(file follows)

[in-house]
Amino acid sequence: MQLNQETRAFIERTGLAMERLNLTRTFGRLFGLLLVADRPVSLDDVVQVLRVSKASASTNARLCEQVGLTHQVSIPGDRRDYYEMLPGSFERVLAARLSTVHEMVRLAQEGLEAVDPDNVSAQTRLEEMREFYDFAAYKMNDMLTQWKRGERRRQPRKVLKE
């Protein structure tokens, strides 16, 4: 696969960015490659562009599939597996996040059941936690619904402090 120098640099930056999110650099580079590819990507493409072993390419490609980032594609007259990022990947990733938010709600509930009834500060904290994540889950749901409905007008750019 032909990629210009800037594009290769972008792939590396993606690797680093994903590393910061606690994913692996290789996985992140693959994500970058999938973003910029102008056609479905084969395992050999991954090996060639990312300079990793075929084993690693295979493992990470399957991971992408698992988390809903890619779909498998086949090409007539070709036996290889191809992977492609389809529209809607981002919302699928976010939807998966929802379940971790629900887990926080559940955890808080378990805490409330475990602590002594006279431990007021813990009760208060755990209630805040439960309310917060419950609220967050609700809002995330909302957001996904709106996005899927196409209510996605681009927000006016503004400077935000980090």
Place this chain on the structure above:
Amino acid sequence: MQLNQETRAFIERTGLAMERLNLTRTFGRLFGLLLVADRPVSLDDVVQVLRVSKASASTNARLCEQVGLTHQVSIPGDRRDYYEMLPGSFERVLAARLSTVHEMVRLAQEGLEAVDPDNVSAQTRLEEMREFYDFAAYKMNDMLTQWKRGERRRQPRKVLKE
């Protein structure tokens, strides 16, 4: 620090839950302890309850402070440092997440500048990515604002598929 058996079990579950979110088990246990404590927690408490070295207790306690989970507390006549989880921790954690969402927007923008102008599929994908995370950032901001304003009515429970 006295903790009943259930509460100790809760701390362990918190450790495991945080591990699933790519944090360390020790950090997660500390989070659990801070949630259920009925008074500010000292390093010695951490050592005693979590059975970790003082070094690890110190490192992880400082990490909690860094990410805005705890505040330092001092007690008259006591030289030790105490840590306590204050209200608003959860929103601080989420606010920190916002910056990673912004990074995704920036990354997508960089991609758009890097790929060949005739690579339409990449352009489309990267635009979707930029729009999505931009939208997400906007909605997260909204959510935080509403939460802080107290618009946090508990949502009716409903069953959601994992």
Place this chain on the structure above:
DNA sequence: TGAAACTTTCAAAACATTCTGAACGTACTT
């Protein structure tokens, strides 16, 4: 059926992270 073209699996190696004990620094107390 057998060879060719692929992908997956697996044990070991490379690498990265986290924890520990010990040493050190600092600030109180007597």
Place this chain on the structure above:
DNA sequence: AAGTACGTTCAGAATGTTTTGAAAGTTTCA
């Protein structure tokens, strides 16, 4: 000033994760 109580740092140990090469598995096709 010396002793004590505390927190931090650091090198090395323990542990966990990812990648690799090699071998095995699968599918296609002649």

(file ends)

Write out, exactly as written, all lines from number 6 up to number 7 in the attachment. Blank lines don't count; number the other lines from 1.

């Protein structure tokens, strides 16, 4: 620090839950302890309850402070440092997440500048990515604002598929 058996079990579950979110088990246990404590927690408490070295207790306690989970507390006549989880921790954690969402927007923008102008599929994908995370950032901001304003009515429970 006295903790009943259930509460100790809760701390362990918190450790495991945080591990699933790519944090360390020790950090997660500390989070659990801070949630259920009925008074500010000292390093010695951490050592005693979590059975970790003082070094690890110190490192992880400082990490909690860094990410805005705890505040330092001092007690008259006591030289030790105490840590306590204050209200608003959860929103601080989420606010920190916002910056990673912004990074995704920036990354997508960089991609758009890097790929060949005739690579339409990449352009489309990267635009979707930029729009999505931009939208997400906007909605997260909204959510935080509403939460802080107290618009946090508990949502009716409903069953959601994992």
Place this chain on the structure above: